By Bill Miller
The ruling was a setback for a consortium of a dozen news organizations, including The Washington Post, that hoped to gain broader and quicker access to the host of closed hearings and sealed court decisions and legal pleadings concerning the investigation into whether President Clinton had a sexual relationship with Lewinsky and lied about it under oath or urged others to do so.
"The press is not entitled, by the Constitution or by rule, to information about matters occurring before the grand jury," Judge A. Raymond Randolph wrote in the opinion for the D.C. Circuit Court of Appeals.
The decision upheld a recent series of orders by Chief U.S. District Judge Norma Holloway Johnson that barred reporters from hearings on issues such as executive privilege and attorney-client privilege.
In its unanimous, 19-page ruling, the three-judge appellate panel cited federal rules protecting the secrecy of grand jury proceedings. News organizations are not entitled to open hearings when there is a risk of revealing details about grand jury work, the panel stated.
But the decision could result in some information that is currently secret being made public. The judges instructed Johnson to maintain a public docket of matters stemming from the grand jury investigation that would note when proceedings take place but not reveal what is being discussed.
The judges -- who included Clinton appointees Judith W. Rogers and David S. Tatel, in addition to Randolph -- said court rules give Johnson wide discretion to determine if any hearings can be conducted openly and permit her to release edited transcripts of proceedings and court documents when she deems it appropriate.
The news organizations went to the appellate court in hopes of gaining access to arguments and decisions about claims of executive privilege by White House aides Bruce R. Lindsey and Sidney Blumenthal, Clinton's complaints about alleged leaks by independent counsel Kenneth W. Starr's office and attorney Francis D. Carter's attempt to decline to answer questions concerning his former client Lewinsky.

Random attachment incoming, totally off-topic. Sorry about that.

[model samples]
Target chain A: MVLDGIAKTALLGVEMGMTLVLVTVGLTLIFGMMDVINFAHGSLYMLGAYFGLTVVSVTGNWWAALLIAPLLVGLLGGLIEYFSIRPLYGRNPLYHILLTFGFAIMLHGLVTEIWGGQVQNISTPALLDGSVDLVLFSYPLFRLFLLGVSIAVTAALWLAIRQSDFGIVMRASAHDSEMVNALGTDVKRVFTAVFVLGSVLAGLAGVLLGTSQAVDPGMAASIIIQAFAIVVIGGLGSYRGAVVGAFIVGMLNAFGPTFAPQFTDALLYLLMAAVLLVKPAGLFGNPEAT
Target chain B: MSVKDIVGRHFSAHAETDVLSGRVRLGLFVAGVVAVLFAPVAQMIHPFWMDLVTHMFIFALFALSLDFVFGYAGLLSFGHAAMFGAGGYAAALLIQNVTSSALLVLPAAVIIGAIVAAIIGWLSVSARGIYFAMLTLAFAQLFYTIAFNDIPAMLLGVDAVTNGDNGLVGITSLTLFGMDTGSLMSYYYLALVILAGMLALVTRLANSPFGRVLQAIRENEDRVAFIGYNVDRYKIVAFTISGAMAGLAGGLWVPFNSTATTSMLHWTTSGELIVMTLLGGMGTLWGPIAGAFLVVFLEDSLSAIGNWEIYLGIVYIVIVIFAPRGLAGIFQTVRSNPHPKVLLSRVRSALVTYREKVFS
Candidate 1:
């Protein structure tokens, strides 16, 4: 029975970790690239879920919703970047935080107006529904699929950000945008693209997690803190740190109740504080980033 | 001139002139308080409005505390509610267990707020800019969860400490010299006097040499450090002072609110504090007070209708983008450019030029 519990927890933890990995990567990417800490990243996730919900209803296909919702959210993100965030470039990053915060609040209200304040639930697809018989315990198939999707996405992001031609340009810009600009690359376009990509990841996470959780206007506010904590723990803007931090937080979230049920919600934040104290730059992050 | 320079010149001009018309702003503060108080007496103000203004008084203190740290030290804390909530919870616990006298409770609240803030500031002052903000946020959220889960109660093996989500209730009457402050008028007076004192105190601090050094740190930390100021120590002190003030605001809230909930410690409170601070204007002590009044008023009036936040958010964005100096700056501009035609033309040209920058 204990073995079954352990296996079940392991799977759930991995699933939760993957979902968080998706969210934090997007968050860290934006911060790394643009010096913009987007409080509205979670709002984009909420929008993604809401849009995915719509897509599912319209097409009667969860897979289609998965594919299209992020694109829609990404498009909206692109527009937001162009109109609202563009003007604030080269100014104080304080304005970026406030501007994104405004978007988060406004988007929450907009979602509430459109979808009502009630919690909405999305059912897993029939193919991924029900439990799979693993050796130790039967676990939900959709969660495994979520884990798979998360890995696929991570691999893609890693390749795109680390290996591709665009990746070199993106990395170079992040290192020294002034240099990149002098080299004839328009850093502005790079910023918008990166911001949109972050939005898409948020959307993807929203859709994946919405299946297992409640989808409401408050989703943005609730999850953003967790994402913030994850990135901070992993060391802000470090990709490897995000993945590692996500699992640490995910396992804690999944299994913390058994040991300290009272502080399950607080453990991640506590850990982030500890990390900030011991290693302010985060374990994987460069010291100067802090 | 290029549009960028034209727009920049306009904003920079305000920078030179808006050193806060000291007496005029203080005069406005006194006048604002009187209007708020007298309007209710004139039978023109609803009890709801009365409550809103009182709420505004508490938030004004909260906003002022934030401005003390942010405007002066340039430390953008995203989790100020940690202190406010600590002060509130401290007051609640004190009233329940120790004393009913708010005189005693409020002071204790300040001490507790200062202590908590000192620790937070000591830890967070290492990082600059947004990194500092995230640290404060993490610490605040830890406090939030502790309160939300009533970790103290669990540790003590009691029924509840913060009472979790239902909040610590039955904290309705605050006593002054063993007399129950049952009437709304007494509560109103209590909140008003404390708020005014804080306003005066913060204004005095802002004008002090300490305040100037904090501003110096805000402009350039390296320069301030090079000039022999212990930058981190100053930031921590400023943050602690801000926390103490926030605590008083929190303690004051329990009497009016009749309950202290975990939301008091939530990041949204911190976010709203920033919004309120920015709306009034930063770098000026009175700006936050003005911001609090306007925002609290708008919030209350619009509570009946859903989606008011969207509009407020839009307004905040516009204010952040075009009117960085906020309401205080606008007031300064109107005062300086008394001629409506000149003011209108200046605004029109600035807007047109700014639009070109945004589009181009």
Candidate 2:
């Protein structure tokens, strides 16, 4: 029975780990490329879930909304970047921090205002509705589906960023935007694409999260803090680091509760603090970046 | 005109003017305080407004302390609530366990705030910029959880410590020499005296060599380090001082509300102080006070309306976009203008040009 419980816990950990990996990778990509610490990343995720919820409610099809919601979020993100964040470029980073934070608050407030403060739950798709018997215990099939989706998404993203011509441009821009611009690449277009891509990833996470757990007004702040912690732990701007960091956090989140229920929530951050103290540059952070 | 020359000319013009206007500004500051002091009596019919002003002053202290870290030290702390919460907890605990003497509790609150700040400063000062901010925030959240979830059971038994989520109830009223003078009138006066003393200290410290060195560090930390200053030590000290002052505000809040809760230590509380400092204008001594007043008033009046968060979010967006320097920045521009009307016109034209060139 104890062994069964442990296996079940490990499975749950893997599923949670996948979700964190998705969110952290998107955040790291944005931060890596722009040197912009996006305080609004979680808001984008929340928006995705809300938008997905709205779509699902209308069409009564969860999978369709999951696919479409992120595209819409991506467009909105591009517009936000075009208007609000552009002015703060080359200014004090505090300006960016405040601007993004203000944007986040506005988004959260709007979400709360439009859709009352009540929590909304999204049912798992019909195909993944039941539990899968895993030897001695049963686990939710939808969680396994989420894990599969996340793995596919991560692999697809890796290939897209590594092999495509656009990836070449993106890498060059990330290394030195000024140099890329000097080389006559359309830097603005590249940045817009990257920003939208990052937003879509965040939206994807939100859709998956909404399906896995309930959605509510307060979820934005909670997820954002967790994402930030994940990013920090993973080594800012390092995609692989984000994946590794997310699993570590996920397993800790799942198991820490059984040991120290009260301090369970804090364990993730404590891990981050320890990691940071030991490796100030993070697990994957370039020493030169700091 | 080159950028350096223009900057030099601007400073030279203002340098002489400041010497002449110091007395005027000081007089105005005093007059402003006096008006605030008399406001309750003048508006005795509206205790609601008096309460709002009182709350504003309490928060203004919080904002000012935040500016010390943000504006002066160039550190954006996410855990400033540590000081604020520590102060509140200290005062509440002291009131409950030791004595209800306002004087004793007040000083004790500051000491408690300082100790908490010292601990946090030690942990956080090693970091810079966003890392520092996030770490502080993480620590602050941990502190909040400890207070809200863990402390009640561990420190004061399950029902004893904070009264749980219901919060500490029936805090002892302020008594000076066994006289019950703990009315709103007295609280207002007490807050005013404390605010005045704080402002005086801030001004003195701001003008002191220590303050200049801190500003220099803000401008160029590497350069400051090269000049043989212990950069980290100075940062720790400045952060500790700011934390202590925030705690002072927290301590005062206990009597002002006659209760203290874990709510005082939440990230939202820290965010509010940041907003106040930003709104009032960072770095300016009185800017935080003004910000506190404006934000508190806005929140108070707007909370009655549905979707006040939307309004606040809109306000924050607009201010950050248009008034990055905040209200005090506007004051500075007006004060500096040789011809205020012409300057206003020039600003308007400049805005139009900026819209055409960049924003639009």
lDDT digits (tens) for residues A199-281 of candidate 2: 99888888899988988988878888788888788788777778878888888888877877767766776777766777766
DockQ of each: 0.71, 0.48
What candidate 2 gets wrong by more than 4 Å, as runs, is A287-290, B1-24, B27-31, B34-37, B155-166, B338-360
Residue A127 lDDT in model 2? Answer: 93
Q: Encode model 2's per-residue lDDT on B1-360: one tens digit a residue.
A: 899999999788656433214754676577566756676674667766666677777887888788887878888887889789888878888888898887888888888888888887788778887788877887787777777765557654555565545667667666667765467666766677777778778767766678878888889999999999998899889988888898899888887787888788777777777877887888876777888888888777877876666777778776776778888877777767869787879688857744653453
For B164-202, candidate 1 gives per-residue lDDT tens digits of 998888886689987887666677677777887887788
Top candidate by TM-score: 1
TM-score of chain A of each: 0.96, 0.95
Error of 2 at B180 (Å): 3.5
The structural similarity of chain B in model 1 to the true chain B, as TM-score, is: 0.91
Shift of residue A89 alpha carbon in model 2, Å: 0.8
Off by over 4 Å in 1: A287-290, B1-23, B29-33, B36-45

In a rare open session April 8 stemming from the Lewinsky matter, lawyers for Clinton, the White House and Lewinsky urged the judges to continue to bar the news media from the sealed hearings.
Johnson has agreed to release edited materials concerning the executive privilege claims but has yet to do so. She has released nothing publicly on the other matters. Regarding Carter, the appellate judges ordered Johnson to consider making some documents and transcripts public in light of the fact that Carter's own attorney revealed he had raised the privilege issue.
Attorney Theodore J. Boutrous Jr., who represented the media organizations, said he had not decided whether to appeal the ruling. "We are pleased that the court has sent some issues back to Chief Judge Johnson . . . but are disappointed that the court failed to recognize the public's important First Amendment rights to witness these historic proceedings," Boutrous said.
"The appellate judges found there is some balancing that has to go on here," said Washington lawyer Bruce W. Sanford, who specializes in media issues. "The opinion recognizes the First Amendment value in the public receiving as much information as is consistent with the grand jury's need for secrecy."
The media consortium comprised The Post, Dow Jones & Co., the Los Angeles Times, ABC Inc., the Associated Press, Cable News Network Inc., CBS Broadcasting Inc., Fox News Network, the National Broadcasting Co.; the New York Times Co., Time Inc. and USA Today.
© Copyright 1998 The Washington Post Company